Is a new logo like getting a new uniform?

When a new nonprofit is founded, it’s usually someone’s cousin or friend who gets the task of designing the new logo. They do the best job they can and the organization eagerly eats it up, grateful that one more thing is done. Even if they don’t realize it, the staff quickly adopts a brand identity created around that logo. With flyers and websites and presentations all using the same fonts and color schemes, they strive for making everything look like it has a sense of belonging. But after a while, the organization usually comes into its own and that old look just can’t keep up. Who the organization is now no longer matches the colors, fonts and visual style that it needs to represent itself to the world.

MAF, the nonprofit in San Francisco where I work, is no exception. About seven years ago, we were started by an amazing group of community advocates. When the Levi Strauss Company, a long-time neighborhood employer, closed its last factory in San Francisco, community leaders and the company forged together to imagine a new kind of future. With proceeds from the sale, they would create a new nonprofit to help low-income residents of the Mission District. And so Mission Asset Fund was formed. And a spouse of one of those community leaders created our first logo. When I look at the first logo, I imagine our members looking at the growth of their bank accounts over time, meeting various milestones along the way.

Our 2007 logo

But that was seven years ago, when the nonprofit had two employees, a few dozen clients and brand new programs. Now it’s seven years and several awards later and our social loans can still be found in the Mission District, but also in six other U.S. states. The old look with rigid building blocks has broadened into a larger tapestry of people, communities and nonprofits working to build a fair financial marketplace, together.

What colors your organization wears are meaningful.

Pink, a color that in the 19th century was reserved for the clothing of young boys, is now “only for girls,” according to my five-year-old son. Pink is also now associated with a nationwide network of breast cancer advocacy. For MAF, the dark blues of our first logo indicate knowledge, power, integrity and seriousness. But as anyone who knows us, we’re also agile, community-based and not afraid to change the conversation.

If a brand is everything someone says or knows about your organization, a logo is like a team uniform.

So year after year, even as your body grows and your mind matures, you can still be stuck wearing a uniform stitched together in 2007 back when the Sopranos faded to black. This time, we know where we’re going and we know how to get there. So we worked with the amazingly creative team at Digital Telepathy to come up with a uniform that fits who we are now.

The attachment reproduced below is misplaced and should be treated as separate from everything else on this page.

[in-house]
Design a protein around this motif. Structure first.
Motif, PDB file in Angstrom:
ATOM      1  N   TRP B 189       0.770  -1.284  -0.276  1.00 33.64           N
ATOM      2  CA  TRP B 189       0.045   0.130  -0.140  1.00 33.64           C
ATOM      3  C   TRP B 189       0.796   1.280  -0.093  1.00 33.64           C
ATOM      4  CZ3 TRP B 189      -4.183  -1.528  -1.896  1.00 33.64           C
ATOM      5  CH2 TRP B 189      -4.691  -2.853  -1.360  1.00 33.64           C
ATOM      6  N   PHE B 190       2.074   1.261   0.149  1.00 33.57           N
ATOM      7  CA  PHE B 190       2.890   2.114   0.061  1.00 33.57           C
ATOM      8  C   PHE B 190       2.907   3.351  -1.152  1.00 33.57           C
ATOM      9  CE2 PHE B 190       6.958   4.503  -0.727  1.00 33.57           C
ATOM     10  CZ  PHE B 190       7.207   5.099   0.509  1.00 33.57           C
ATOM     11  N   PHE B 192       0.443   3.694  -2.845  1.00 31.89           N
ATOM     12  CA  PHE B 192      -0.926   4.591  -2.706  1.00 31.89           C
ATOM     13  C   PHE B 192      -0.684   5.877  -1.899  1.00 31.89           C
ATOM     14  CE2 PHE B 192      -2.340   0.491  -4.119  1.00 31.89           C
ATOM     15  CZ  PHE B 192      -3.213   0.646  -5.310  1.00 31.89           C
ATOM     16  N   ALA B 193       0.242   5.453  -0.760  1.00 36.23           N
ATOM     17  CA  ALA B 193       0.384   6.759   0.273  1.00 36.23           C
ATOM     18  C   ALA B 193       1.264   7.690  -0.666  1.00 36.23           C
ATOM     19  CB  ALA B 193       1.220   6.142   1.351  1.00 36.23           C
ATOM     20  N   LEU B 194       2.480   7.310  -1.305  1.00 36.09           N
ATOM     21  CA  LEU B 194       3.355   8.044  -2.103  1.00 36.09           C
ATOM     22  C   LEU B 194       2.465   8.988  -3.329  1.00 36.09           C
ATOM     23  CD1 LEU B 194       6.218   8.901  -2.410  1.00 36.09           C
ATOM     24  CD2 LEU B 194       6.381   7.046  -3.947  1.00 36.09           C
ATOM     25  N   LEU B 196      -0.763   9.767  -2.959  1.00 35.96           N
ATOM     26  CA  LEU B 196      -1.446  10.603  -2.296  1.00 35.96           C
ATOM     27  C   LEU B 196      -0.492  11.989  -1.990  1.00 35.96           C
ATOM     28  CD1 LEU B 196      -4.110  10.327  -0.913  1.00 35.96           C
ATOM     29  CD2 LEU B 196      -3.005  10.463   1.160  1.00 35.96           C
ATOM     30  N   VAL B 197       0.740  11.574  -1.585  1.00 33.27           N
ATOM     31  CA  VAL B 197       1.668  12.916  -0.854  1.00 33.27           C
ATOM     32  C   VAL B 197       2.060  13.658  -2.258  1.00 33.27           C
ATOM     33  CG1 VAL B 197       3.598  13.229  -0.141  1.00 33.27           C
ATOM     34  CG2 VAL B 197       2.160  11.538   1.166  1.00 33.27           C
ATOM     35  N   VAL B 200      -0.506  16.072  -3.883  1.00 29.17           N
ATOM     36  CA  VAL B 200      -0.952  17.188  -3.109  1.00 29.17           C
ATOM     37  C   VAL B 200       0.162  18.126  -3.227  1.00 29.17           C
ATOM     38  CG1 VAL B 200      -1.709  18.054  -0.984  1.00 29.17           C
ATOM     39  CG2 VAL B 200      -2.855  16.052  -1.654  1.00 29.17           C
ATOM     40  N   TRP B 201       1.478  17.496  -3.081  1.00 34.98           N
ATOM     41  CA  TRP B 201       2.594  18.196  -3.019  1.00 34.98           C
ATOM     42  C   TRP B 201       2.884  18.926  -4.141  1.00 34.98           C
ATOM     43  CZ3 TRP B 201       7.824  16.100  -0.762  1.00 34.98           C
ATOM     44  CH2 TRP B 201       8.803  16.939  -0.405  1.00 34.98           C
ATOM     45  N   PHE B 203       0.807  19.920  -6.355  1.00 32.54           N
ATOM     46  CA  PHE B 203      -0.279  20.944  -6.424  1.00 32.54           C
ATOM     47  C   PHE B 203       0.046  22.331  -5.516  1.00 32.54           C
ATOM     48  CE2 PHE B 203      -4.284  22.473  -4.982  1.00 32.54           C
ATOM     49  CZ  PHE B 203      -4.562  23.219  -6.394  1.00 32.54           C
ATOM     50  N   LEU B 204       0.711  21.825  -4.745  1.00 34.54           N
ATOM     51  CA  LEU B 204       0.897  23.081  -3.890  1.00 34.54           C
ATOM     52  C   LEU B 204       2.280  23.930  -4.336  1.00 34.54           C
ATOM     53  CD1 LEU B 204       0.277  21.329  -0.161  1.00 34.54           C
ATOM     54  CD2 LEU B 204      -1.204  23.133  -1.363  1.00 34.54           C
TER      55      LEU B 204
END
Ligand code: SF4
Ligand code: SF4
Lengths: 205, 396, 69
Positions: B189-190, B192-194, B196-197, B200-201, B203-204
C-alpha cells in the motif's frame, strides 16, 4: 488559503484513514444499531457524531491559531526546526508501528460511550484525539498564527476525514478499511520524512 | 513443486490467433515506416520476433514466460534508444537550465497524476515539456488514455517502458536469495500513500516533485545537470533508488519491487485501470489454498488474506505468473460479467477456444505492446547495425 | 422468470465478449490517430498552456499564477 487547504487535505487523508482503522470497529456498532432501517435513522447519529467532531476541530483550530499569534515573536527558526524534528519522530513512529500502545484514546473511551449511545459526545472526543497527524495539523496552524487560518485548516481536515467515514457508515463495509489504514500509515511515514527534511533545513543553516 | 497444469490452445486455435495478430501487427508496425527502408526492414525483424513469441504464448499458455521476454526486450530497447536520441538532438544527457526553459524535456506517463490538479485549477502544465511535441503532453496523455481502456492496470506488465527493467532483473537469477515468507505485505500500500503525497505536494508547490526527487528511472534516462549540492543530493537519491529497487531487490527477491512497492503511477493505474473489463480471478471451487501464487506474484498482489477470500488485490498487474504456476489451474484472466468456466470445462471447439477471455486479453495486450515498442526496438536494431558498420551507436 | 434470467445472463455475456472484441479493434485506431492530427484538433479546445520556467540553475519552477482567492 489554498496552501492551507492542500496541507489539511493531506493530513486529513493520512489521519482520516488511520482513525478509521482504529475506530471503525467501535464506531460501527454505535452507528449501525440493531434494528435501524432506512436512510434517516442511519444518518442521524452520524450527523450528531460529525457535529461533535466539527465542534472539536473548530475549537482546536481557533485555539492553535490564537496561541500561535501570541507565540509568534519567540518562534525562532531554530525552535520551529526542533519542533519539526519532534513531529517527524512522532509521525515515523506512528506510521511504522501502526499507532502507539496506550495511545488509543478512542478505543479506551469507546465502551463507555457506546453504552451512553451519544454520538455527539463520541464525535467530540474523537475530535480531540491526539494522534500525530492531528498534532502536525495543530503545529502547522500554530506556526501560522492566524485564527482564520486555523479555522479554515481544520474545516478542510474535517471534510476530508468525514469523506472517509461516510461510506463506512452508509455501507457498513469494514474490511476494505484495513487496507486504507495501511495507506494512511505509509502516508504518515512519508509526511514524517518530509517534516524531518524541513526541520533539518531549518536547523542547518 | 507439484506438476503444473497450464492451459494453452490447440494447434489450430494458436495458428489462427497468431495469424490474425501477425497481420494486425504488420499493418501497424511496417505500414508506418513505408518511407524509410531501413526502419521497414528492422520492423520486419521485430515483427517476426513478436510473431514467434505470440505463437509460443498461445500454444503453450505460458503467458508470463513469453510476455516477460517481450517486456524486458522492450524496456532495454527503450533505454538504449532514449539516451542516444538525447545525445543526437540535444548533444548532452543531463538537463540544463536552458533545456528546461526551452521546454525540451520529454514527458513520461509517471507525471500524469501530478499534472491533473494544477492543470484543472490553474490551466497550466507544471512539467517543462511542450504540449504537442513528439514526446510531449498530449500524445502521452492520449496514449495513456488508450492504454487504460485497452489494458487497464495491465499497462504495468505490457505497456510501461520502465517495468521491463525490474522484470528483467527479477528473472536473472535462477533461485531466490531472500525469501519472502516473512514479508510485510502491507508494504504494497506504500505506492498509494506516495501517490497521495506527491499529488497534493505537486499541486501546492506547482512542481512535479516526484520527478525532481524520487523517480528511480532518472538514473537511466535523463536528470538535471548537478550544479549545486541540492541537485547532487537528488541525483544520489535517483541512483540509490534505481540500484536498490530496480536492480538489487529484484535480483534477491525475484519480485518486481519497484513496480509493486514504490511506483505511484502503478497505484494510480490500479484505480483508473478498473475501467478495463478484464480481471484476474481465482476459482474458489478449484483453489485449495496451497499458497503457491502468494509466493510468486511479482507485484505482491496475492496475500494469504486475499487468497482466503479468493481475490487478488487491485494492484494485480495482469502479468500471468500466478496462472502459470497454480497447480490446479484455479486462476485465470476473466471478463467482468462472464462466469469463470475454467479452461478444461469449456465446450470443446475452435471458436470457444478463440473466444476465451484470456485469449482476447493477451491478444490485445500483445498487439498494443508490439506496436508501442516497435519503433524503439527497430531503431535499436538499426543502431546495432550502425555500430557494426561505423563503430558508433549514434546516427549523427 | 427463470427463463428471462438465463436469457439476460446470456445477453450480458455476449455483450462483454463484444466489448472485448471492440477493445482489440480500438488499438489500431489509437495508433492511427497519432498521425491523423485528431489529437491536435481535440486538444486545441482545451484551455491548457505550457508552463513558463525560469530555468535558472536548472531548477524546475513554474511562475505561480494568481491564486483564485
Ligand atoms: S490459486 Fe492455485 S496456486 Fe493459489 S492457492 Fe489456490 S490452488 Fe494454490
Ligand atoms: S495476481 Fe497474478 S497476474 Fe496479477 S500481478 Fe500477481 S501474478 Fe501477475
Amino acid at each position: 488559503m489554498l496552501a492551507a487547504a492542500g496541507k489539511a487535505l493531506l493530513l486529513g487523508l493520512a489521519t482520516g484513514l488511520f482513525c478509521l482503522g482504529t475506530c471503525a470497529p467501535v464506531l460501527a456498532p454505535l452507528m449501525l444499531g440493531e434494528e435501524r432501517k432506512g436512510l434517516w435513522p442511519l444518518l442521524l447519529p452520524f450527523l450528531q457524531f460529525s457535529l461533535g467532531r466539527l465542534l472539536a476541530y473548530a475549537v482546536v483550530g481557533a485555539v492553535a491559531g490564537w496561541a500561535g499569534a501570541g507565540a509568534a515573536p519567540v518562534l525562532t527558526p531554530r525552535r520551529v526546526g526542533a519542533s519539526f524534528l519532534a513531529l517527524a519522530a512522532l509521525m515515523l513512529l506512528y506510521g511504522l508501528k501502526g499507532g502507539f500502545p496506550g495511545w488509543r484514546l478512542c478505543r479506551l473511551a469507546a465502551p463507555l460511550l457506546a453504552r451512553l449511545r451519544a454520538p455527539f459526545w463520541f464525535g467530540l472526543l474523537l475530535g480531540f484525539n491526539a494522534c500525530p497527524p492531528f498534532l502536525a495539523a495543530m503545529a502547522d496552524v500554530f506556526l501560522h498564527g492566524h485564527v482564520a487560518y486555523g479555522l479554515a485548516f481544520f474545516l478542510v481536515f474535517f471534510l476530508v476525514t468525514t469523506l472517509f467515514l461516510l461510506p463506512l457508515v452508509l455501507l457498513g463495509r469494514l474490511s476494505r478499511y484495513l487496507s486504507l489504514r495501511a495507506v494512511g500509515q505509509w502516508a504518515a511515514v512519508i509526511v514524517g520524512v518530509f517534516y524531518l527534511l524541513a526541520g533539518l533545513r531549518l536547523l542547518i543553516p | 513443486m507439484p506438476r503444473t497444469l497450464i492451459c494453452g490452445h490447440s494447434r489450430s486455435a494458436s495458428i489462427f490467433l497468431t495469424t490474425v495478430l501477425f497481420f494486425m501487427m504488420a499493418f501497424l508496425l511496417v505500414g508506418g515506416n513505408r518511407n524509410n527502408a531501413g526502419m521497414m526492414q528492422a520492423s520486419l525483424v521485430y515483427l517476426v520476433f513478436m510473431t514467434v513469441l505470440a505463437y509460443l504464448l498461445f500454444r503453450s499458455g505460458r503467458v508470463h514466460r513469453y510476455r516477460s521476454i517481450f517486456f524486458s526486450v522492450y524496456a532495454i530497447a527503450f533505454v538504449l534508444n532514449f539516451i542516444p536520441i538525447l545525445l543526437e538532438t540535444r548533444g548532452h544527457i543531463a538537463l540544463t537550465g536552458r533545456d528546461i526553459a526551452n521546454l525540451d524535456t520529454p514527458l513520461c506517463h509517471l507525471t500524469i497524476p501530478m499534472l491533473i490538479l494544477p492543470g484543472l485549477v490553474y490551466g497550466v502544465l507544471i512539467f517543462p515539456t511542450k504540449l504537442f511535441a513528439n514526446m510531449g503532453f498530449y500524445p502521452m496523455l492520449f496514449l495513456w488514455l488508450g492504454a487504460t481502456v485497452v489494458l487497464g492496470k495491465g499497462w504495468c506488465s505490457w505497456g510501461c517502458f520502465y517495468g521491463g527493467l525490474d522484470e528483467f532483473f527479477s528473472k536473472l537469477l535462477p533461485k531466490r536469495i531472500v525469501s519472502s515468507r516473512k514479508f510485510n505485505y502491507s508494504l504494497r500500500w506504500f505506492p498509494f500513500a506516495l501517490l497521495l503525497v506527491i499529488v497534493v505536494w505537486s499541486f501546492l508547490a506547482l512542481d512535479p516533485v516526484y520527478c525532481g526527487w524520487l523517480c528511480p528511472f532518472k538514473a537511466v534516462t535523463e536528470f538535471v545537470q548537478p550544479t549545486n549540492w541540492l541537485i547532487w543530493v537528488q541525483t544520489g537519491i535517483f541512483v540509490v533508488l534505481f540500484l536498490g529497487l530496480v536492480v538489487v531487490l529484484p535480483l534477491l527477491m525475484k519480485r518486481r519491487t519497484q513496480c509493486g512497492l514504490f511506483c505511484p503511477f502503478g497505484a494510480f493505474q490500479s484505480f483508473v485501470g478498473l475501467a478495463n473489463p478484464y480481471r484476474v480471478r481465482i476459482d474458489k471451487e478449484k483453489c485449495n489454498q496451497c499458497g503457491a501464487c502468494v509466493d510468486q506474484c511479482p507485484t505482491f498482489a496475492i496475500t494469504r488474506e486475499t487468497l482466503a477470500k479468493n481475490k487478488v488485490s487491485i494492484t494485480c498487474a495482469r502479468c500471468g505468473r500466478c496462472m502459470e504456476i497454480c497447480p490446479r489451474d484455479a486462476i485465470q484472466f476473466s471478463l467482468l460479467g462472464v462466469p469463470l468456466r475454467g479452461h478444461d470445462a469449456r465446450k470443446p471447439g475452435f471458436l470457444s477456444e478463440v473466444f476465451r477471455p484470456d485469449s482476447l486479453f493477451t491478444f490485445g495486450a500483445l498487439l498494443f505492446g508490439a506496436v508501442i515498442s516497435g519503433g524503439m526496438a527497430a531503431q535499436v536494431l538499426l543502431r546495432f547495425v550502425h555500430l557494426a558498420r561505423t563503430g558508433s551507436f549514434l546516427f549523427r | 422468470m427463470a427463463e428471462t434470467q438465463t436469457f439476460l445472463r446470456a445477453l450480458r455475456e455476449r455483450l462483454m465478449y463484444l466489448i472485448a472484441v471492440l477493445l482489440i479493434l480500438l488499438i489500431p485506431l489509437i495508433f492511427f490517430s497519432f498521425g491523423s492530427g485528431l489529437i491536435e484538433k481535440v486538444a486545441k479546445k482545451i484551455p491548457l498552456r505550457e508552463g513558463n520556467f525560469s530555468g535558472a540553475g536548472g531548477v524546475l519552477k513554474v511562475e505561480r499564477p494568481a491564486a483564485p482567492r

Our new logo

We’ve traded the rigid shapes and dark blues for vibrant Pantone colors of varying sizes, energetic aqua blues, bright grass greens, rich purples.

We think our new look does a better job of showing the world what our vision for change is all about.

What does it say to you?

Shifting the focus on social lending

Jan Stürmann, a videographer based out of San Francisco, produced four awesome new videos highlighting MAF’s programs and how social lending really transforms people’s lives. He was gracious enough to share his thoughts with me on capturing our story and what he learned from the experience.

What is your process like when you begin a new video/storytelling project?

The first part is trying to get some sense of the story the client is trying to tell (which the real story is often only emerges in the editing process.) Then it’s identifying the key people who can tell this story. Before an interview I try to let my curiosity be my guide in generating a list of questions to ask. I find writing a script is generally not very helpful. It’s by engaging in a conversation, whilst trying to ignore the camera, that the surprising details emerge. Once I have the interview, I get it transcribed and from there build a first draft script. Then, ideally, I go back and shoot b-roll footage, which is what I lay over the interview.

Community and relationships are two important values for Mission Asset Fund. How did you try to capture those concepts in the videos?

I try to work as unobtrusively as I can, normally alone, so what ever interaction can happen as naturally as possible. My direction is never going to be as good as some surprise happening spontaneously. My job is to be attentive to those moments.

Was there a particular video you had the most enjoyable or interesting experience putting together?

It’s always a privilege to be invited into a world I’m unfamiliar with and to be trusted with people’s stories. On the surface a topic like money and credit seems boring. But talking honestly about money is one of the last taboos in our culture. Personally I’m very interested about how we interact with money. So being able to indulge that interest professionally was very gratifying for me.

Did you find it difficult to visualize financial concepts like credit and loans in an engaging way?

What I did not want to do going into this project was create a boring video filled with a lot of graphs and charts. The trick was to figure out how to find the stories behind the graphs and charts. We all grapple with money daily with varying degrees of awareness.

You can view the videos to explore the communities and projects that MAF is involved with at following links: The Power of OpportunityEveryone Deserves a Shot at Success, Creating a Fair Financial Marketplace, and  Building Credit, Building Communities